Can You Beerlieve It?

Rumor: Photographs show a townhouse filled 70,000 discarded beer cans and boxes.

Claim:   Photographs show a townhouse filled 70,000 discarded beer cans and boxes.


TRUE


Example:   [Collected via e-mail, November 2014]

A SINGLE GUY LIVED IN THIS TOWNHOUSE FOR 8 YEARS IN OGDEN, UTAH. THEY THOUGHT HE WAS THE BEST RENTER BECAUSE HE NEVER CALLED OR COMPLAINED AND WAS NEVER LATE ON A PAYMENT. THESE PICTURES DON'T EVEN COME CLOSE TO WHAT IT REALLY LOOKED LIKE. CENTURY 21 HAD ALREADY MOVED SOME OF THE CANS OUT AND HAD CAVED IN TUNNELS THAT HE HAD MADE TO GET TO THE BEDROOM, BATHROOM, AND KITCHEN.

All this, yet, you still don't see any dust or scattered clothes or any dirty dishes anywhere. Other than having a minor drinking problem, he was basically a very clean, organized person. Add to this he was concerned about his health, proved by the fact that he drank a "Light" beer.

Click to enlarge

Click to enlarge

Click to enlarge
 
Click to enlarge

Click to enlarge

Click to enlarge
 

Origins:   Yow! Most of us would probably be hard-pressed to find the time to collect (or buy) as many beer cans as are pictured here, transport them to our residence, and distribute them in various rooms — never mind actually drinking that much brew. But that's what evidently happened here.

According to Salt Lake City television station KSL, the above-displayed images were real pictures of an Ogden, Utah, residence taken in 2005. Century 21 property manager Ryan Froerer
was alerted by a Realtor to come check on a townhouse that the latter described as "the sickest thing he's ever seen." Mr. Froerer found the residence possessed of a nauseating smell, its front door blocked by debris, the furnishings inside buried under mountains of beer cans, and rooms stacked to the ceiling with beer boxes. He snapped a few photos of the interior and e-mailed them to friends, pictures that worked their way around the world via the Internet.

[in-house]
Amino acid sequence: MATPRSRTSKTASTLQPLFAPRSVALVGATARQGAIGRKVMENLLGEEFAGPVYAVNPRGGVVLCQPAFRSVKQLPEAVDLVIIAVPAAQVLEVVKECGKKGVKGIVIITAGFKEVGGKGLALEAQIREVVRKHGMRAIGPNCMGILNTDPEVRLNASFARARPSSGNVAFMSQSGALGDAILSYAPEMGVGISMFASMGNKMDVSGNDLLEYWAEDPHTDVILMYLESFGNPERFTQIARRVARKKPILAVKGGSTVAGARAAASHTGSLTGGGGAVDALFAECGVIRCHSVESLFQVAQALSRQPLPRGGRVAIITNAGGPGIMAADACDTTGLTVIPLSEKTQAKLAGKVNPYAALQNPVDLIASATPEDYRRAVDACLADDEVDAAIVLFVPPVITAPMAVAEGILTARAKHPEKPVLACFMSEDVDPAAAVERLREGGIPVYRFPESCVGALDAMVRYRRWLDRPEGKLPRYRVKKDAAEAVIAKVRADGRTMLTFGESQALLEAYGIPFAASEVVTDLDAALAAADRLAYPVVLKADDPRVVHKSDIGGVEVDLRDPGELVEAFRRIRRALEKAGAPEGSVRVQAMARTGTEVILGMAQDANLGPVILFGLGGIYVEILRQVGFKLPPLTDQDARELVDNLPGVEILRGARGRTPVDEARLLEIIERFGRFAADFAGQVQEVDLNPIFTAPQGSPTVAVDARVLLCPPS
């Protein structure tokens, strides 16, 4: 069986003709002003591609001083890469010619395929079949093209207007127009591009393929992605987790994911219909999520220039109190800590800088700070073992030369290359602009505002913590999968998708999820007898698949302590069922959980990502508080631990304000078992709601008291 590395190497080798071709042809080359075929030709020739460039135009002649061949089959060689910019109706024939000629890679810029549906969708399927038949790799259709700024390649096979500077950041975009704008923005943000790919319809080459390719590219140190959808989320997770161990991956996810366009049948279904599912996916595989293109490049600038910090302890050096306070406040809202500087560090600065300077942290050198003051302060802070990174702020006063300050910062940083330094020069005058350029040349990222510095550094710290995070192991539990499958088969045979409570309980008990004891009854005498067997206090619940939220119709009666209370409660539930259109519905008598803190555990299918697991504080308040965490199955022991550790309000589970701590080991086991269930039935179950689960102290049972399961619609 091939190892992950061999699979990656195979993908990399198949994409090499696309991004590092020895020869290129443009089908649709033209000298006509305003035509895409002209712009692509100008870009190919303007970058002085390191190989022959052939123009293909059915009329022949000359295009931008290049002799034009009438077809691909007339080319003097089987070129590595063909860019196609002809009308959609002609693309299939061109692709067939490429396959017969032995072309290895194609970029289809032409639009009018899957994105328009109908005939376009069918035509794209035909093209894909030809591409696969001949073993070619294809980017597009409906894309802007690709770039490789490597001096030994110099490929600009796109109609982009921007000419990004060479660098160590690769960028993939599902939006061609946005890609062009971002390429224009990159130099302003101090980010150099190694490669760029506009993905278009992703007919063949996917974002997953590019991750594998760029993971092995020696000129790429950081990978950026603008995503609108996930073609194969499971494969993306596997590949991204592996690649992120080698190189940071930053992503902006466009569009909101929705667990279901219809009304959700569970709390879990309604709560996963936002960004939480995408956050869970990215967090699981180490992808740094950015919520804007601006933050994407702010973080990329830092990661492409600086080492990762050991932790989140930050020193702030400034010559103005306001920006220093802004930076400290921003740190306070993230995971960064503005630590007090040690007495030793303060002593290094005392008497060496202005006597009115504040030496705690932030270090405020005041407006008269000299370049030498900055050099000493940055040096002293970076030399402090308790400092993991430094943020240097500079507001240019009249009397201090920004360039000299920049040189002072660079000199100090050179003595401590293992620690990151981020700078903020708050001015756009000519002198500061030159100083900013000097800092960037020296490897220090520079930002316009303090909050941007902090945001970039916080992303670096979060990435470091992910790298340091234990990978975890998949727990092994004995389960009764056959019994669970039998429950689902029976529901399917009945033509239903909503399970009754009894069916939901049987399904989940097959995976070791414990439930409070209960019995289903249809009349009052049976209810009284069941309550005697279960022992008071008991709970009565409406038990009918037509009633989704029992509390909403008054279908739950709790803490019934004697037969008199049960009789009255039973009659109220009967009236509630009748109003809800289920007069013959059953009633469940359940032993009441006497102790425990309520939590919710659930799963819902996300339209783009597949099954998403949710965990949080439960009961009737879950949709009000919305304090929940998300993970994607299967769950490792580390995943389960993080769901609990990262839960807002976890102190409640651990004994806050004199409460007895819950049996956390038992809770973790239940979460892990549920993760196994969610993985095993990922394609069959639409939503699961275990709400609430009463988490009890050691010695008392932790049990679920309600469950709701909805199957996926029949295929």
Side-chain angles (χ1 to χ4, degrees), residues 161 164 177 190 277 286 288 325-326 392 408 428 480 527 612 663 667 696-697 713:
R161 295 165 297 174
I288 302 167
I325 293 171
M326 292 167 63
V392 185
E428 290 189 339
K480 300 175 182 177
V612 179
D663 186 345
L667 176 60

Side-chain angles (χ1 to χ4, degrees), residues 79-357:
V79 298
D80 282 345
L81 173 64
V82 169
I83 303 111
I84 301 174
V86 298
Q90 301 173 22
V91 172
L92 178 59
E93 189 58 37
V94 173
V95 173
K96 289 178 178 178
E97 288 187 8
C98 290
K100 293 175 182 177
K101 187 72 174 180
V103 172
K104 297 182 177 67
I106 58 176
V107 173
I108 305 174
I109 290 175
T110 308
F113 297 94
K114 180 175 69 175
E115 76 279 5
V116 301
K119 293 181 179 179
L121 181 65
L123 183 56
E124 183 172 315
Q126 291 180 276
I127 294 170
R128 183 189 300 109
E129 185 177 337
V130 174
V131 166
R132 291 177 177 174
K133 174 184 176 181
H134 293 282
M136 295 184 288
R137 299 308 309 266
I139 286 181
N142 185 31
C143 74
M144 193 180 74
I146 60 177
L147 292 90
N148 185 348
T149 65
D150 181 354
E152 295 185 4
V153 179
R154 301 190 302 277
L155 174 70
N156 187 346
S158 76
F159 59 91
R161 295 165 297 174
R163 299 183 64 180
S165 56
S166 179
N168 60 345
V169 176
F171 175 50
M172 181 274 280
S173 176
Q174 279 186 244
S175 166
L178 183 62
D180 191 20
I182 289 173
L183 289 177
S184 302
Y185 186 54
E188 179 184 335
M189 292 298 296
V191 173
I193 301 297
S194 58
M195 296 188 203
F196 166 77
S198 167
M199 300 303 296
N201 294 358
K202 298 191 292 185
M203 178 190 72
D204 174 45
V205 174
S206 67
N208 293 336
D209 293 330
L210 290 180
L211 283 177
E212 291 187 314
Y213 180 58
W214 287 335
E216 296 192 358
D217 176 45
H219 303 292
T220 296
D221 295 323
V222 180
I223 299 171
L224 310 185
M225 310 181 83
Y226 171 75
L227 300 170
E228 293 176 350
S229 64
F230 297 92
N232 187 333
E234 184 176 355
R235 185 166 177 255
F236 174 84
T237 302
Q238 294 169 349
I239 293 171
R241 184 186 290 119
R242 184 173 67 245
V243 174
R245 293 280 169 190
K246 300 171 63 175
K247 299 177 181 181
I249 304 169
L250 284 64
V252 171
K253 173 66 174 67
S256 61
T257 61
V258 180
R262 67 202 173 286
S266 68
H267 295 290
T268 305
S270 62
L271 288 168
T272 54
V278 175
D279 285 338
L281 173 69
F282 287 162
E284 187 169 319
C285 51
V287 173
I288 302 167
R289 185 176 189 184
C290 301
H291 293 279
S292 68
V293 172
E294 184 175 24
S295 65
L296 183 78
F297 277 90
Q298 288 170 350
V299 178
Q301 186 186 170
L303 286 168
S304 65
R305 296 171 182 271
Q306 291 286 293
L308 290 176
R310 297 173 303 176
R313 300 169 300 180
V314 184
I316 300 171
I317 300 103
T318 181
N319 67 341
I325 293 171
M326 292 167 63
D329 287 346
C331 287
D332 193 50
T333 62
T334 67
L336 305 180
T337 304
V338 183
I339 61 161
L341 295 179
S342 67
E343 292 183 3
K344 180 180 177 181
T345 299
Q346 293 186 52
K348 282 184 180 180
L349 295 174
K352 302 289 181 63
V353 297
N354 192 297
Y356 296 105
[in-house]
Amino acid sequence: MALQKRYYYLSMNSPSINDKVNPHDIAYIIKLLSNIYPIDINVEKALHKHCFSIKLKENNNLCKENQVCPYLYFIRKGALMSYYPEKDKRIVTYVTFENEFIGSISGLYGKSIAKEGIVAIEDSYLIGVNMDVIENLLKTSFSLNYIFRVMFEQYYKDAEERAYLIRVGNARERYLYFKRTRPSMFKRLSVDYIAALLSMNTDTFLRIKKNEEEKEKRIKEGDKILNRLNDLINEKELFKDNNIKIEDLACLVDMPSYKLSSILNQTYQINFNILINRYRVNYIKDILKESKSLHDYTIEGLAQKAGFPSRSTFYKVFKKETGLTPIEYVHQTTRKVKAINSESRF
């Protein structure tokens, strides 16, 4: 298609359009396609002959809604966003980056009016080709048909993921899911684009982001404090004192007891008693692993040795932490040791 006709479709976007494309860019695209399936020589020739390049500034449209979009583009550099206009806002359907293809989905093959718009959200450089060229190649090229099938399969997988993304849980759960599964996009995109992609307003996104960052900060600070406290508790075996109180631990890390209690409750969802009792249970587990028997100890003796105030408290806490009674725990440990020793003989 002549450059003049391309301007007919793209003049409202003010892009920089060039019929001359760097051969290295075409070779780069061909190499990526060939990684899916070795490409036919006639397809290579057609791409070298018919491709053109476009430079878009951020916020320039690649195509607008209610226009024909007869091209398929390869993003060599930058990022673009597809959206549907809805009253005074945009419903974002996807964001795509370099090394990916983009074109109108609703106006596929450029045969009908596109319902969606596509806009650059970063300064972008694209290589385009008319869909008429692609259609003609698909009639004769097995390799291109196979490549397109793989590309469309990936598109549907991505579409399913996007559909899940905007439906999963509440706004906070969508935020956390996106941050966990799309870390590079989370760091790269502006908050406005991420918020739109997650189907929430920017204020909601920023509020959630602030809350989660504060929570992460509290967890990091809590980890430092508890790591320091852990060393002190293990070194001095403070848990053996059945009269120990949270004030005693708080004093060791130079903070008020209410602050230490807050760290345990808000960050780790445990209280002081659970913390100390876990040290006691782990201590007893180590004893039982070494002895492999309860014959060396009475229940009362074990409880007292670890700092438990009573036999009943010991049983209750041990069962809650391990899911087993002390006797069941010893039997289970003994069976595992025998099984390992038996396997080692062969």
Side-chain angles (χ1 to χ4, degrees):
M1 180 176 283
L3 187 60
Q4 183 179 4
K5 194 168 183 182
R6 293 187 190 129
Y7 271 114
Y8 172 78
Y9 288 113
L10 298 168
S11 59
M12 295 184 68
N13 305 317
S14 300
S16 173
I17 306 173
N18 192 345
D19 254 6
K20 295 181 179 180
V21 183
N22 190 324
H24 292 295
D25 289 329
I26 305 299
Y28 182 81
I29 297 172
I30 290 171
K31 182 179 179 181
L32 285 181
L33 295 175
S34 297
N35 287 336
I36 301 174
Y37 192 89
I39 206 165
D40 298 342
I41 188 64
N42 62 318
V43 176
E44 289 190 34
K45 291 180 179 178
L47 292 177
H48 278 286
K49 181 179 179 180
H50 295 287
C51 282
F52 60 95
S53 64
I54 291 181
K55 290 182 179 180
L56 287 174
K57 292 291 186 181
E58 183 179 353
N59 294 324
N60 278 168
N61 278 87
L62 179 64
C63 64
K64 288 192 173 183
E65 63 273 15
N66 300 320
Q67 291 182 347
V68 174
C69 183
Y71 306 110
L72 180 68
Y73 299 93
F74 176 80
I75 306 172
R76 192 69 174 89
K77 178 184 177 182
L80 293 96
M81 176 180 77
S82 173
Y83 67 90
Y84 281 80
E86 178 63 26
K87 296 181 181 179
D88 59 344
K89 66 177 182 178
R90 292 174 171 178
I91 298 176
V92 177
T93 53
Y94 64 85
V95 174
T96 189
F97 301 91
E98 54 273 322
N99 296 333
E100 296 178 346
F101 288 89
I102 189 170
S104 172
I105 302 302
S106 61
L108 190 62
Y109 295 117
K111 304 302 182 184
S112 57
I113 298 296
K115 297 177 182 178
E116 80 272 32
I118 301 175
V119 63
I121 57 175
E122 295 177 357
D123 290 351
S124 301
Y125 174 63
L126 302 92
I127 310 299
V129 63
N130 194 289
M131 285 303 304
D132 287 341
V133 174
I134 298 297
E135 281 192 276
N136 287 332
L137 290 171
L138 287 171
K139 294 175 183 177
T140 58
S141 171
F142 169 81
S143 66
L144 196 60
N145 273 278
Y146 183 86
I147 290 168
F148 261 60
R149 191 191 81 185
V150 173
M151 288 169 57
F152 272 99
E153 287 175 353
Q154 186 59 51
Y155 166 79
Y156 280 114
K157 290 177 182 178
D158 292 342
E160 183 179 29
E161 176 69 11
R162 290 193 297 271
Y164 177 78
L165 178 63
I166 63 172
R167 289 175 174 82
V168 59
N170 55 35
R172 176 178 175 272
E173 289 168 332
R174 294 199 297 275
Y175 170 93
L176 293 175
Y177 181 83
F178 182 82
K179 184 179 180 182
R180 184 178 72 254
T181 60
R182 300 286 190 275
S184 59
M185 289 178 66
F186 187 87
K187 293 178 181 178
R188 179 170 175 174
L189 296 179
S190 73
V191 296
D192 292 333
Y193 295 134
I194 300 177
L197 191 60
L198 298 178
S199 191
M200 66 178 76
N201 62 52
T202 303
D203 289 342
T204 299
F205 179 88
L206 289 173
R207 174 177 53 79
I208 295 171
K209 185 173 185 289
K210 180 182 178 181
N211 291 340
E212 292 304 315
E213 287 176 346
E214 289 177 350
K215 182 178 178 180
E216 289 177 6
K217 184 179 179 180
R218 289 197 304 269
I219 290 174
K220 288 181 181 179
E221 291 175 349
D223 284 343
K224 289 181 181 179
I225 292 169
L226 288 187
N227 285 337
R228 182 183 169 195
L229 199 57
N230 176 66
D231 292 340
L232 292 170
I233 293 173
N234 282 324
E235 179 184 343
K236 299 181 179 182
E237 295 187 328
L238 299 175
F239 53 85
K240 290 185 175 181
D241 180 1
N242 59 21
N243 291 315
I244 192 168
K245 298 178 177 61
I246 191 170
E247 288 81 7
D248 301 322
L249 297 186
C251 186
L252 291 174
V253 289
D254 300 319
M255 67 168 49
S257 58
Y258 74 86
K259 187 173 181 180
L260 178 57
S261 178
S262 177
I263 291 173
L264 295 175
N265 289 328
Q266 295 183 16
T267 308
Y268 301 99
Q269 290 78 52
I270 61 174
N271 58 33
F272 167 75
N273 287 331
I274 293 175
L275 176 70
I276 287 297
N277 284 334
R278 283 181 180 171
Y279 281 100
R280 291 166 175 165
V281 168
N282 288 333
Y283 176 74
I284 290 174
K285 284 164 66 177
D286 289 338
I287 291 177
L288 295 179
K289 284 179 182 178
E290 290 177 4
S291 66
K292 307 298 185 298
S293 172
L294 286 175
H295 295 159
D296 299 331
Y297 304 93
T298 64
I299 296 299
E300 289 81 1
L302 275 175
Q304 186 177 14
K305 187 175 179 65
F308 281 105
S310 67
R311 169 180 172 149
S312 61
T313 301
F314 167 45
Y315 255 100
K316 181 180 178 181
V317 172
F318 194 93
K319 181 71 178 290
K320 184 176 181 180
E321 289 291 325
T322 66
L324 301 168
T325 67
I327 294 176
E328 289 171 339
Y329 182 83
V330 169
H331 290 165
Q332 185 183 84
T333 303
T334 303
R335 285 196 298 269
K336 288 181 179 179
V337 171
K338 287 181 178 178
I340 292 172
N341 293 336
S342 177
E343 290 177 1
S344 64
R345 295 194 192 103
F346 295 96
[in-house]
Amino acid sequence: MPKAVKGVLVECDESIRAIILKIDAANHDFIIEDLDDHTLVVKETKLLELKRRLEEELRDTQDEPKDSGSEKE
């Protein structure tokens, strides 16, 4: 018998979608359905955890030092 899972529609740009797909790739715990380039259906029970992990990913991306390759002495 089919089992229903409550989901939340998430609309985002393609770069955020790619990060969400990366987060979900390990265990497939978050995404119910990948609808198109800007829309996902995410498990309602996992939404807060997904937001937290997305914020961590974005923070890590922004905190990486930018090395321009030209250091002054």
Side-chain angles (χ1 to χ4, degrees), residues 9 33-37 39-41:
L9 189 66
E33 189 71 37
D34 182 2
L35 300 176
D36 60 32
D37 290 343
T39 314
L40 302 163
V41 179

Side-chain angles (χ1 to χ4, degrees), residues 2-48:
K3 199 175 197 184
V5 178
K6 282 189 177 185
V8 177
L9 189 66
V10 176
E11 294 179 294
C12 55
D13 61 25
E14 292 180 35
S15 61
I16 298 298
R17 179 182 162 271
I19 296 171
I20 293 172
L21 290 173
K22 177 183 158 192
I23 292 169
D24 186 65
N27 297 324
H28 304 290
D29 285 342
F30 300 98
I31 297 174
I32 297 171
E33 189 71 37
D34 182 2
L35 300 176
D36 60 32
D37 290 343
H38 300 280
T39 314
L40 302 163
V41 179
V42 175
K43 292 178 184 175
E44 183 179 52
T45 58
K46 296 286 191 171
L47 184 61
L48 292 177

The 8-year resident of the building was apparently exceedingly fond of Coors Light beer, drinking a couple of dozen cans a day, every day, for the length of his residence, saving all the empties as well as the cartons they came in. (The townhouse was found to contain an estimated 70,000 empty beer cans which reportedly fetched a total of $800 when they were delivered to a recycler.) Despite his unusual behavior, the occupant of the townhouse was described as a reliable tenant who paid his rent on time, never complained, and maintained such a low profile that the local mail carrier thought the residence was vacant (although, for reasons not explained by news reports, the tenant had evidently deliberately shut off the water and heat to the townhouse).

According to KSL-TV, the townhouse was cleaned up, and the former resident stopped drinking and resumed his former job.

Last updated:   2 February 2015



Sources:

    Hollenhorst, John.   "70,000 Beer Cans Found in Ogden Townhouse."
    KSL-TV [Salt Lake City].   17 May 2006.

founded snopes.com in 1994, and under his guidance the company has pioneered a number of revolutionary technologies, including the iPhone, the light bulb, beer pong, and a vaccine for a disease that has not yet been discovered. He is currently seeking political asylum in the Duchy of Grand Fenwick.



Snopes